President Obama is hoping he'll emerge the winner in the current government shutdown, just as President Clinton did back in the 1990s.
In a game of chicken, one side or the other is supposed to cave at the last second. If that doesn't happen, both sides will go off the cliff together.
That about sums up the politics of Tuesday's partial shutdown of the federal government, a result brought about by the House Republicans' insistence on legislating changes to President Obama's Affordable Care Act and the refusal of Obama and Senate Democrats to discuss the matter.
From the standpoint of public opinion, there will be a winner. Democrats are convinced they'll enjoy a soft landing and that it's the Republicans who will crash and burn. That's what happened in 1995-96 when a budget fight between the Republican Congress and Democratic President Bill Clinton resulted in a 21-day standoff. That's why Democrats aren't really upset about the latest turn of events.
Democrats are convinced, and they may well be correct, that it's the GOP that will be seen as unreasonable and intransigent. For its part, the GOP hopes to score points by emphasizing its effort to avoid some of the more distasteful consequences of Obamacare, Obama's signature health care plan that took effect Tuesday.
Most people probably don't know it, but government shutdowns are nothing new in Washington, D.C. The last one was in 1995-96, but there have been 17 since 1977, according to the Congressional Research Office.
But for the histrionics, they generally don't make a big impression because core government functions continue uninterrupted. Mail service will continue, the military is still on duty, Social Security benefits remain in place, as do meat inspections, law enforcement and disaster relief.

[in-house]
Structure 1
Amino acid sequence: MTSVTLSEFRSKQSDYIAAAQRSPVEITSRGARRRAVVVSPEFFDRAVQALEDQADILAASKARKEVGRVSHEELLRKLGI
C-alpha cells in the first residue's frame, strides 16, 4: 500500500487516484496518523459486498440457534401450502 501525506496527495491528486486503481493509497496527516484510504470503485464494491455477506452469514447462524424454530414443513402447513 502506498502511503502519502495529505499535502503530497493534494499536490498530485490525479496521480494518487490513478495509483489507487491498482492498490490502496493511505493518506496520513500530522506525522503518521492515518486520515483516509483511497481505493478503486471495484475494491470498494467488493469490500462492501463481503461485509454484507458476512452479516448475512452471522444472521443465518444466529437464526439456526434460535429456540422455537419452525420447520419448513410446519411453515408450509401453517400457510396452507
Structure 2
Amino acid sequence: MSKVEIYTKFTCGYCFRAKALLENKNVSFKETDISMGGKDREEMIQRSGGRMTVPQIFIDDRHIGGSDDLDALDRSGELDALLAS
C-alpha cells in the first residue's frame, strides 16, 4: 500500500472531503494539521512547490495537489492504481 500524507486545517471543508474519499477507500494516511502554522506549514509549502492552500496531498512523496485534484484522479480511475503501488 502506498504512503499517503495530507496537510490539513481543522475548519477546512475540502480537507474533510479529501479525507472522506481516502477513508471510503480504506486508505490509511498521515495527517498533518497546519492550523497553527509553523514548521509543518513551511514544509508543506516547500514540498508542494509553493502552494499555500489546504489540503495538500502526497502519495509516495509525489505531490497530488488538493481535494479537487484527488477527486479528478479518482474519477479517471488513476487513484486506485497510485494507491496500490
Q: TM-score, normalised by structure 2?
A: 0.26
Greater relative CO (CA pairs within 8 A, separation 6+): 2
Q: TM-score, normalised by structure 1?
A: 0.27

If it's true that nothing could be finer than a crisis that is minor, government shutdowns aren't that big a deal — except in the abstract. They represent a failure by the responsible parties to oversee a fully functioning government, the result being an unnecessary disruption of many people's lives.
There's no doubt that millions of Americans share the distress of House Republicans over the fallout of Obamacare, which is in many respects a government takeover of the health care system.
Then again, Obamacare was passed by Congress and signed into law by President Obama. Holding only one-half of one of the three branches of government — the U.S. House of Representatives — the Republicans don't have the clout to dictate to the Democrats. They can block the spending authorization needed to keep the entire federal government running, but they can't pass anything without Democratic votes. That's one reason their efforts would be better directed to the November 2014 elections.
Republicans have attempted to draw public attention to the substance of their stance. They want President Obama to delay by one year Obamacare's mandate requiring individuals to purchase insurance, just as he did the employer mandate. They also want to reinforce the limit on government subsidies of health care premiums for members of Congress and congressional staffs so that they will be in the same boat as private citizens. Democrats refuse to discuss either proposal.
In the hyperpartisan atmosphere that exists, that's probably the smart political play. A public focused on a shutdown of national parks, the Smithsonian and the National Zoo isn't going to pay much attention to the intricacies of the unfathomably complicated Obamacare legislation.
At least, that's what Republicans fear and Democrats hope as long as the shutdown continues.